epistemic

[ep-uh-stee-mik, -stem-ik]
|

adjective

of or relating to knowledge or the conditions for acquiring it.

Origin of epistemic

1920–25; < Greek epistēmikós, equivalent to epistḗm(ē) knowledge + -ikos -ic
Related formsep·i·ste·mi·cal·ly, adverb
Dictionary.com Unabridged Based on the Random House Unabridged Dictionary, © Random House, Inc. 2019

Examples from the Web for epistemic

Contemporary Examples of epistemic

  • Instead, Chris indulged in the MSNBC variant of epistemic closure.

    The Daily Beast logo
    My Pushback to Chris Hayes

    David Frum

    September 27, 2013

  • Until then, enjoy this quote that is slightly relevant to an epistemic bubble this blog discusses on occasion.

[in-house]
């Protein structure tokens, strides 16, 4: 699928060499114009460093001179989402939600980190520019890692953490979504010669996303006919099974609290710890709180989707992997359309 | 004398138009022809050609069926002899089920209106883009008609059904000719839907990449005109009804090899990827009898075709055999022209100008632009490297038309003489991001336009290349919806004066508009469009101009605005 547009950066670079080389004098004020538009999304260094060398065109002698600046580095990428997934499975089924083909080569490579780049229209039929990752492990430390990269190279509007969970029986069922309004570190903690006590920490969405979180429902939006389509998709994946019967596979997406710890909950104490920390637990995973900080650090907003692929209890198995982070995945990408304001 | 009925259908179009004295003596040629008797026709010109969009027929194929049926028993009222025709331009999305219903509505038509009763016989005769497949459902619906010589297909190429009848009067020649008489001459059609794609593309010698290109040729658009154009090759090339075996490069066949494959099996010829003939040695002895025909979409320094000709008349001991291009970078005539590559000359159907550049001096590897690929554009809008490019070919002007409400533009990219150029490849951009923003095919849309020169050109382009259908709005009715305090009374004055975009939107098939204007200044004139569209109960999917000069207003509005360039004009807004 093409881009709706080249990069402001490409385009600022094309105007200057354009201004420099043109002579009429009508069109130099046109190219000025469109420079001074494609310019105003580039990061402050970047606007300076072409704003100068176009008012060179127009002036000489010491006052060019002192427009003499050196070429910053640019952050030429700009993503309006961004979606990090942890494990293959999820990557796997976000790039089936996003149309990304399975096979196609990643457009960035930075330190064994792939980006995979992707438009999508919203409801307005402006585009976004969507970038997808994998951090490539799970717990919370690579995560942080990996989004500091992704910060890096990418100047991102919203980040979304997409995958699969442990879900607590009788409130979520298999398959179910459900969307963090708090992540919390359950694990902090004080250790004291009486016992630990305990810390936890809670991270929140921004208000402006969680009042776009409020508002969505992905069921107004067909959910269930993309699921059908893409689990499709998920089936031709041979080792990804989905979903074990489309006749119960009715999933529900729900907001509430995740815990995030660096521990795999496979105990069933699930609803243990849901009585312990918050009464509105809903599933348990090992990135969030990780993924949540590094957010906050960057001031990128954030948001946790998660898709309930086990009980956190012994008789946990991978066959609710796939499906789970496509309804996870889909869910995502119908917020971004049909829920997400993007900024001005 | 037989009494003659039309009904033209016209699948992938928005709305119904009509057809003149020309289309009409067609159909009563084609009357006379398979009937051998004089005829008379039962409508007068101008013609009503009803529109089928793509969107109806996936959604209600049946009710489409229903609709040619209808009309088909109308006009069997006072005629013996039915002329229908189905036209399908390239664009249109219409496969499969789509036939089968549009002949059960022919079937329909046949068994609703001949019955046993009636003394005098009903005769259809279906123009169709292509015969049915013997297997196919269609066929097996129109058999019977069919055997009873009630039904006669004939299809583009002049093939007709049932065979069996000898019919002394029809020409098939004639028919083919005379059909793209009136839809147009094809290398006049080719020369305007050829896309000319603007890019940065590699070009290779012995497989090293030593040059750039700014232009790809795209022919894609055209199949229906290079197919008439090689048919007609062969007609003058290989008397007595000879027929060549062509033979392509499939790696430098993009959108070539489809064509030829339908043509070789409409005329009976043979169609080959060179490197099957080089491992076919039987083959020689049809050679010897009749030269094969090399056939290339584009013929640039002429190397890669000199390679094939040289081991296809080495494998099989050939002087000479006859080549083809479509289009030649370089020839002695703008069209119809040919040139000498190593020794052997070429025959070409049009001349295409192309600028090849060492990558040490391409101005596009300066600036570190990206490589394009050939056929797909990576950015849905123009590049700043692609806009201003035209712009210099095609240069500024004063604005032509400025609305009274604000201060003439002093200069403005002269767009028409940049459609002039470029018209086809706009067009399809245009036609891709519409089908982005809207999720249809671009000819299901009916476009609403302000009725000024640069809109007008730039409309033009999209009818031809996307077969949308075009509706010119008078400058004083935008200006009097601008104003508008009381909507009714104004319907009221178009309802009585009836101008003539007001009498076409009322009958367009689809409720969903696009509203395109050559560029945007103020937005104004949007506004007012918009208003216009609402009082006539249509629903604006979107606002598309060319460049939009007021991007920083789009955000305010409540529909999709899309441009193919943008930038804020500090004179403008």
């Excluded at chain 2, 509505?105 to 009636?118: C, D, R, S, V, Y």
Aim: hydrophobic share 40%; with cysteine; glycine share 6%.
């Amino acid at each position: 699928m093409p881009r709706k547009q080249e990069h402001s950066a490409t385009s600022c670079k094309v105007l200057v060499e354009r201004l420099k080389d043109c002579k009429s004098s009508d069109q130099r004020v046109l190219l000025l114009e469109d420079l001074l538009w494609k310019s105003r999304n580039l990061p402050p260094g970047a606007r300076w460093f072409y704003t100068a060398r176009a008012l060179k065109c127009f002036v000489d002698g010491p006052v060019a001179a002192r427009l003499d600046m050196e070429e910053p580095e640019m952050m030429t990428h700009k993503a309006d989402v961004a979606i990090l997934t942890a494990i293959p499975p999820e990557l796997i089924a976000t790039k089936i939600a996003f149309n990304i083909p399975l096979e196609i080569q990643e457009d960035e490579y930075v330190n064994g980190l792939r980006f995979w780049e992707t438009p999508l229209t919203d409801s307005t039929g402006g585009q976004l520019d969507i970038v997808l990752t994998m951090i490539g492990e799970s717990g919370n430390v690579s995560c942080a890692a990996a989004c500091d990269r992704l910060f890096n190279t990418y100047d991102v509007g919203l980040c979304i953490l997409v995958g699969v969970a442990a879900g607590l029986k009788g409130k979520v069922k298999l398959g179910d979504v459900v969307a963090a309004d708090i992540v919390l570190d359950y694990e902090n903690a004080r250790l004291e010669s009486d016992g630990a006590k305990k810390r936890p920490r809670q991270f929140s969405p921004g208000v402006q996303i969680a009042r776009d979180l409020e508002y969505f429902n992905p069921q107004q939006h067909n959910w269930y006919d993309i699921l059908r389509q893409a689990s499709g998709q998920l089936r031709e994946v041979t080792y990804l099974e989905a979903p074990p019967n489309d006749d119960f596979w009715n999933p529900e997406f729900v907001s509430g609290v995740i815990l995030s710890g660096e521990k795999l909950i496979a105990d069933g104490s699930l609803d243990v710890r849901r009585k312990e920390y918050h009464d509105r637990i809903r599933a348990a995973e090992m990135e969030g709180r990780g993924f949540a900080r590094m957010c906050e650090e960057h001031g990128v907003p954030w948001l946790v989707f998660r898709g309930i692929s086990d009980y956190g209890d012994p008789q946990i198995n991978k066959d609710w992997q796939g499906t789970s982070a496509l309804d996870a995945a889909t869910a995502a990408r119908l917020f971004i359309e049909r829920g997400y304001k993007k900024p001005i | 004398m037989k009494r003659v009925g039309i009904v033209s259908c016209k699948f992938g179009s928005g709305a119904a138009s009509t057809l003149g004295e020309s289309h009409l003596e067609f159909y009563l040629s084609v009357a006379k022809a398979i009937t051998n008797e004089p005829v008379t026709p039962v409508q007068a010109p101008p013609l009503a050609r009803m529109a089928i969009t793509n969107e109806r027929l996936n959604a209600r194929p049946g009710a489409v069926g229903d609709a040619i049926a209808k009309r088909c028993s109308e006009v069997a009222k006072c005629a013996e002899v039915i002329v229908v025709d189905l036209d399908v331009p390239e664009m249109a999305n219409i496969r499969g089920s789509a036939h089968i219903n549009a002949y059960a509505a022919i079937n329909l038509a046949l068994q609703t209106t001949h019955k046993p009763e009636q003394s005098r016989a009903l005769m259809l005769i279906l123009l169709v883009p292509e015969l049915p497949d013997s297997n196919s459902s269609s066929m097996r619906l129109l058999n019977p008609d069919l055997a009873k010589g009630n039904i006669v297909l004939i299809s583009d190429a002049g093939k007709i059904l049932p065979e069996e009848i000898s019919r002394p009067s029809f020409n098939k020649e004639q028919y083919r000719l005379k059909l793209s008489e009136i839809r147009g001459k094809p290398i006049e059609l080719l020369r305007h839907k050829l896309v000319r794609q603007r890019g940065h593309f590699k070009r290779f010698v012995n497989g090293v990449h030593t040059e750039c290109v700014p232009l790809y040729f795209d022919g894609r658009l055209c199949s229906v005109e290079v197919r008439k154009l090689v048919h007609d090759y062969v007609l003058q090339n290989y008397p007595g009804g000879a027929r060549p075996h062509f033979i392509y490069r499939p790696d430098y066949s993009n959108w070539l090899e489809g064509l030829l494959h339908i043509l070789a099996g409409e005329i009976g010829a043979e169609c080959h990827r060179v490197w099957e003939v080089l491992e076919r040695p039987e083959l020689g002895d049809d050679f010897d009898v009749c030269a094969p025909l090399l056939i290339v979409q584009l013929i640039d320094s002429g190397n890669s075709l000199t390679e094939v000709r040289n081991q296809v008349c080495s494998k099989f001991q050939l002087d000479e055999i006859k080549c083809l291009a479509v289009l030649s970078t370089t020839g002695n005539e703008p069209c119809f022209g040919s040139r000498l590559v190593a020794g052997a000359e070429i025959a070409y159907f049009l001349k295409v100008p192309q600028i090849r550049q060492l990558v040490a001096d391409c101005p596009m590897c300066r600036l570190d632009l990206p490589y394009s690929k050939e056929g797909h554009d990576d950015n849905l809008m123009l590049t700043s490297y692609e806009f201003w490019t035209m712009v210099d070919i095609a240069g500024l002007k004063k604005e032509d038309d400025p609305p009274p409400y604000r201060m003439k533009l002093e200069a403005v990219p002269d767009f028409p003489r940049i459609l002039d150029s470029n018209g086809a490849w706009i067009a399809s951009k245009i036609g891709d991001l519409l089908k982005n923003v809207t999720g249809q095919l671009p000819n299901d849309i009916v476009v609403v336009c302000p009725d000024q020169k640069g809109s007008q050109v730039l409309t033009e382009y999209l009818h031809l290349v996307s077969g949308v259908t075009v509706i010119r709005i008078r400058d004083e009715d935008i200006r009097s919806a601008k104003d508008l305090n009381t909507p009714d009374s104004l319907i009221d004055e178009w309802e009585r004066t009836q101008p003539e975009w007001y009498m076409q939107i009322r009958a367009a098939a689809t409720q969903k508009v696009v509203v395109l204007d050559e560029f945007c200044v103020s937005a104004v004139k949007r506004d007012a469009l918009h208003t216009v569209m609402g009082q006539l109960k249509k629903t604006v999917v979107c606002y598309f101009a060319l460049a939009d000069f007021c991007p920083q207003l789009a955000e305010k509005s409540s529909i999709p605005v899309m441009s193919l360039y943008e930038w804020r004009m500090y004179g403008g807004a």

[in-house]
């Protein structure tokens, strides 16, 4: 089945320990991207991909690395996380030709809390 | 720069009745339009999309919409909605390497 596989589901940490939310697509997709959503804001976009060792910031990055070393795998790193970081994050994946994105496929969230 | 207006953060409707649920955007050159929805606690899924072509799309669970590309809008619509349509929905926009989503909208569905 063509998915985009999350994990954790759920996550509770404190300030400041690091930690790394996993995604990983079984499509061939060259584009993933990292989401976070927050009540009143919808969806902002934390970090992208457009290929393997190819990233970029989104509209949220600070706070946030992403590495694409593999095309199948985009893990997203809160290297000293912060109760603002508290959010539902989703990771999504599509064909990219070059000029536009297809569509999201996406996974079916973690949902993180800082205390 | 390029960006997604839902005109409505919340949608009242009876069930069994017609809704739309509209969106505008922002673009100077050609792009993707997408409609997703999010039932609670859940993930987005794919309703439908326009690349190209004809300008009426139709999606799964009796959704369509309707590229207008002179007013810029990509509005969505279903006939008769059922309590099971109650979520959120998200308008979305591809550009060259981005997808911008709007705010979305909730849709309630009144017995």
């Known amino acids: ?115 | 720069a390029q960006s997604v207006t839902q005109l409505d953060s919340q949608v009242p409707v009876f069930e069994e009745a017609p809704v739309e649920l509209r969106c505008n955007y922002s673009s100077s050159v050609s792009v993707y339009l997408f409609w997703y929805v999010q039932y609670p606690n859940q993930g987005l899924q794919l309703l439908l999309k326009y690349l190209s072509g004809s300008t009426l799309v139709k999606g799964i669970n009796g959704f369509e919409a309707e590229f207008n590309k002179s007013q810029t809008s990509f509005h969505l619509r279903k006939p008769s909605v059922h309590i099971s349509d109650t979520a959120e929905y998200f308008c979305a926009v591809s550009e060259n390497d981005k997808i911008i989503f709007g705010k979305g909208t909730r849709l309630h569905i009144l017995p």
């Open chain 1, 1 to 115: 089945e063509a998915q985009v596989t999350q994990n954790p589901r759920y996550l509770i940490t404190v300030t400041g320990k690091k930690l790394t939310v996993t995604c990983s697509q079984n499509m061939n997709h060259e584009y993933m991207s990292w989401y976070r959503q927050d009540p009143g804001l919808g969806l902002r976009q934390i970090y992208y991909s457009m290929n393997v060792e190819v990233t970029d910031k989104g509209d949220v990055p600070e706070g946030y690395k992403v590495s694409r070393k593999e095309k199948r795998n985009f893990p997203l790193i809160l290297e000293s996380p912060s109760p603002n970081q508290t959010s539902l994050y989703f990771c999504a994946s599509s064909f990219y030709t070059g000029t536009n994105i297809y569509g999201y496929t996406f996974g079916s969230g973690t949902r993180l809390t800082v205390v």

The Daily Beast logo
    What's in a Prediction?

    Justin Green

    November 22, 2012

  • We no longer joke about "epistemic closure," but that does not mean the phenomenon has ceased to govern the conservative mind.

    The Daily Beast logo
    Tantrum on the Court

    David Frum

    July 2, 2012


British Dictionary definitions for epistemic

epistemic

adjective

of or relating to knowledge or epistemology
denoting the branch of modal logic that deals with the formalization of certain epistemological concepts, such as knowledge, certainty, and ignorance.See also doxastic
Derived Formsepistemically, adverb

Word Origin for epistemic

C20: from Greek epistēmē knowledge
Collins English Dictionary - Complete & Unabridged 2012 Digital Edition © William Collins Sons & Co. Ltd. 1979, 1986 © HarperCollins Publishers 1998, 2000, 2003, 2005, 2006, 2007, 2009, 2012

Word Origin and History for epistemic
adj.

1922, from Greek episteme "knowledge" (see epistemology) + -ic.

Online Etymology Dictionary, © 2010 Douglas Harper